More on Carter, Hatch and other Roster Additions

The Giants made no attempt to hide the fact that they were looking to add speed at the wideout position.

The Giants made no attempt to hide the fact that they were looking to add speed at the wideout position, and they did just that in the second round. With the 46th overall selection, New York selected Auburn WR Tim Carter, a legitimate home run threat.

The Giants wasted little time in choosing Carter, who ran a 4.32 40-yard dash this off-season. With more prominent receivers like Michigan's Marquise Walker, Virginia Tech's Andre Davis, Florida's Reche Caldwell and Pittsburgh's Antonio Bryant still on the board, the Giants went after Carter, who's a shade under 6-0 and 188 pounds.

In addition to his explosiveness and strong route-running ability, Carter impressed New York with his kickoff-returning prowess. He averaged 23.9 yards per return during his career, and scored on a 100-yard return.

"They said that I'd be returning kicks," Carter said. "I'd be proud to come in and be able to turn that around. I take a lot of pride in my special teams."

"He'll be given the opportunity to win that (kick-return) job," Head Coach Jim Fassel said.

Despite visiting New York, Carter admitted that he was "somewhat surprised" to be picked by Big Blue, but added, "my agent told me there was a strong possibility I'd be coming to the Giants." "We had the receivers all in a row and we liked Carter the best," Giants GM Ernie Accorsi said. "He's a returner and can fly." According to Ourlads' Scouting Services, Carter "needs work but has rare skills." He also has rare bloodlines. He lists former major league pitcher Dwight Gooden, Braves outfielder Gary Sheffield and former Browns TE Ozzie Newsome as cousins.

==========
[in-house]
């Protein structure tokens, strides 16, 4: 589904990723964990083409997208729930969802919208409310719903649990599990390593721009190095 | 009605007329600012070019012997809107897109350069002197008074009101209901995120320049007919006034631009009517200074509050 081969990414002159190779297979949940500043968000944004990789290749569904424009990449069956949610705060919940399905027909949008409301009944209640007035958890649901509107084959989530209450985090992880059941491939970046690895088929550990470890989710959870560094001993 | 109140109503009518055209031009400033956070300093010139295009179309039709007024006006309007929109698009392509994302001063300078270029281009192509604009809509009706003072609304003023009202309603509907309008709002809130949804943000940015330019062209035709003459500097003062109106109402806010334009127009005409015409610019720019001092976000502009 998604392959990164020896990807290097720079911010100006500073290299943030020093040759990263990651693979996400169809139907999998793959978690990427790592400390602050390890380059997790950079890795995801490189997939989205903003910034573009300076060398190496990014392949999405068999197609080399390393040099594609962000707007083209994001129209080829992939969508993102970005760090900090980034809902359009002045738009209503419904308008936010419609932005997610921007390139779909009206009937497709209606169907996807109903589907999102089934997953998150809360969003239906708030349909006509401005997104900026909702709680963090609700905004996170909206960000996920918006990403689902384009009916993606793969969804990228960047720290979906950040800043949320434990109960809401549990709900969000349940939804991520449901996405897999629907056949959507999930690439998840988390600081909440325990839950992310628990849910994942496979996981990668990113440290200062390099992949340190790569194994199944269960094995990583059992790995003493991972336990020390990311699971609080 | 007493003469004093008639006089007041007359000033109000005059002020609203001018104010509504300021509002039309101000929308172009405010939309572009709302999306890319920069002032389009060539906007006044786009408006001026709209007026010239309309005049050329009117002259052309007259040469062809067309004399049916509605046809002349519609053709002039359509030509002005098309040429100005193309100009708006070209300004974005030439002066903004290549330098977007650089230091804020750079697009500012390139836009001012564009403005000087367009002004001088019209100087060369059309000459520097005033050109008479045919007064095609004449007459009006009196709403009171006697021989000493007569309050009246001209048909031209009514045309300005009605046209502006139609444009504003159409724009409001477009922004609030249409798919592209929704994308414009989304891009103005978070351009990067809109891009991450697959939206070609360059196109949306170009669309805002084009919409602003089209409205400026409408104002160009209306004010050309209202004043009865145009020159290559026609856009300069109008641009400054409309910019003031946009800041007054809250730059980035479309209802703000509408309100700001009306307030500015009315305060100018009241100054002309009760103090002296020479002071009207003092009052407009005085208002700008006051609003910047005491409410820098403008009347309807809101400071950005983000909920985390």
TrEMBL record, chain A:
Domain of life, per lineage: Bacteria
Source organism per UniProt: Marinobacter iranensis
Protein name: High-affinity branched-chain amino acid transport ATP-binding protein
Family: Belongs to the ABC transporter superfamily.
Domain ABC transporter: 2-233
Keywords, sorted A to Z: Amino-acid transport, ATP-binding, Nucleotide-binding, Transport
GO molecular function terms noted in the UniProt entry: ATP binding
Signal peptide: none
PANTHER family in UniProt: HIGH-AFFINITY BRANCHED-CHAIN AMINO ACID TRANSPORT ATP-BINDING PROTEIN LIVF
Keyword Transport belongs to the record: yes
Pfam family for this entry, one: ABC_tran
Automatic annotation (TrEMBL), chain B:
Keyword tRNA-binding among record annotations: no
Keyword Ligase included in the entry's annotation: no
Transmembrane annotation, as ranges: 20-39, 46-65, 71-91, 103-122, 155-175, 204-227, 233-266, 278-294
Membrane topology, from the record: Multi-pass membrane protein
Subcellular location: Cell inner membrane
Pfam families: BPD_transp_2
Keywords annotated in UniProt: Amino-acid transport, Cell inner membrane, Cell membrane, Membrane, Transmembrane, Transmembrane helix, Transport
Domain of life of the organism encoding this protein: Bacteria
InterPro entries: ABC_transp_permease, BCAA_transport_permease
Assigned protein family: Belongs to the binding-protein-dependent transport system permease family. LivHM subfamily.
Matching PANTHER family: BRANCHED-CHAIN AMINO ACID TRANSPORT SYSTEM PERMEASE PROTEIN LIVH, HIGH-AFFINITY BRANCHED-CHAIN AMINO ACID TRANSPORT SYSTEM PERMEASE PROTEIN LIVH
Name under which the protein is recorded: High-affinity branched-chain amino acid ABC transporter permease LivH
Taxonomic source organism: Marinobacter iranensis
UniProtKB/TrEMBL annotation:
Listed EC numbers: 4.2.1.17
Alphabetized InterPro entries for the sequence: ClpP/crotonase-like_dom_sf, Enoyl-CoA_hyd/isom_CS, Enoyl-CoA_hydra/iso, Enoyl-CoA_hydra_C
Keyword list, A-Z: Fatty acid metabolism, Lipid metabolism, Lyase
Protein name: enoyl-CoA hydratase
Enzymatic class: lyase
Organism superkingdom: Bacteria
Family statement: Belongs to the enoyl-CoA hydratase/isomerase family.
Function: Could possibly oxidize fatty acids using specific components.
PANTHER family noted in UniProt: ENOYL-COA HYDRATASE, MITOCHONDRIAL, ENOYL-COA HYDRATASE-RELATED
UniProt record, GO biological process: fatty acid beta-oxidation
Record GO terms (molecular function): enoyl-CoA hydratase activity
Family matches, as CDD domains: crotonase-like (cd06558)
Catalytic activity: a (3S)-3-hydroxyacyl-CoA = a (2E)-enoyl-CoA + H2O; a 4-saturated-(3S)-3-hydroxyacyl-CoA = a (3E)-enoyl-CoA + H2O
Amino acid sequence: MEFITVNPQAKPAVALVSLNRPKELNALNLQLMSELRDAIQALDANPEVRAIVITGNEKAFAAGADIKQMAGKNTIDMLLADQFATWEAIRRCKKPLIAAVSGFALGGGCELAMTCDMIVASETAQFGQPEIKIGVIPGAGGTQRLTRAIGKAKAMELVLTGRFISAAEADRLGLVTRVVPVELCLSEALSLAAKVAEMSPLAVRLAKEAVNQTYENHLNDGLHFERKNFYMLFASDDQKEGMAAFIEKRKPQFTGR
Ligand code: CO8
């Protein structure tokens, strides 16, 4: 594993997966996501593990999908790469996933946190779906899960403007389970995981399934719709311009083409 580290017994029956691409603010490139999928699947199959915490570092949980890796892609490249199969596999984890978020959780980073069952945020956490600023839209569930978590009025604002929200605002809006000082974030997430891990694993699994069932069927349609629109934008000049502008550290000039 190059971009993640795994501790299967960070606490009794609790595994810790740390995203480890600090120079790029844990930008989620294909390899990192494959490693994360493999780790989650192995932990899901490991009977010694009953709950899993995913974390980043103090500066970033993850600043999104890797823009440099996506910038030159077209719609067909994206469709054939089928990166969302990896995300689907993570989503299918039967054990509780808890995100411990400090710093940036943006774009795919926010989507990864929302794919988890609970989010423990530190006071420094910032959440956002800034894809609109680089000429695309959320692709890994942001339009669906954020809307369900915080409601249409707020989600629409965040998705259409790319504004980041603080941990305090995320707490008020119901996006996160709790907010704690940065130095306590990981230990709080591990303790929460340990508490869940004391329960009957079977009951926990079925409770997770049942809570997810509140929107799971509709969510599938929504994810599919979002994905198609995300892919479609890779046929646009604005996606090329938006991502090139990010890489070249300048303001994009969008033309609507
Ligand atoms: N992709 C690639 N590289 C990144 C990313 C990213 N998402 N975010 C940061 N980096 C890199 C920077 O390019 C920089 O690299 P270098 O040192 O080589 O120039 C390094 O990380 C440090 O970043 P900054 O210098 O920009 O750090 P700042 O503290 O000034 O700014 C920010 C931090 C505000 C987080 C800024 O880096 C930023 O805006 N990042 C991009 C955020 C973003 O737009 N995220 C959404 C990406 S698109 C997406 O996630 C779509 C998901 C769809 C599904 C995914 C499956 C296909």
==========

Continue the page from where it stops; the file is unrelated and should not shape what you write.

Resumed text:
"Our family tree is pretty large," Carter said. "Gooden will definitely have something to say to me before I come to New York.

"All my cousins have been very influential to me. They've all helped me in a positive way."

In the third round, with the 78th overall pick, the Giants secured what they believed to be the last legitimate left tackle in the draft, Jeff Hatch, of the University of Pennsylvania. The addition of the 6-6, 307-pound former defensive lineman led Accorsi to state that, "I'll sleep better tonight knowing we got a left tackle prospect."

When asked about Hatch's prospects of starting at left tackle, Fassel said "that job's open." The Giants liked Hatch, who's known as a smart, tough player with a mean streak, enough that they decided against trading down to regain the fourth-round choice they gave up to obtain first-round pick Jeremy Shockey.

Hatch impressed Accorsi at the Blue-Gray game last December. "He more than held his own against that level of competition," Accorsi said. "We've added a very athletic left tackle. We feel he has everything you want."

Also, Accorsi denied television reports stating that the Giants were seeking to trade perpetually unhappy receiver Ike Hilliard.

Finally, in addition to the three players they drafted, New York announced the signing of three street free agents. CB David Mitchell, WR Derek Dorris and P Jason Van Dyke were added to the roster.


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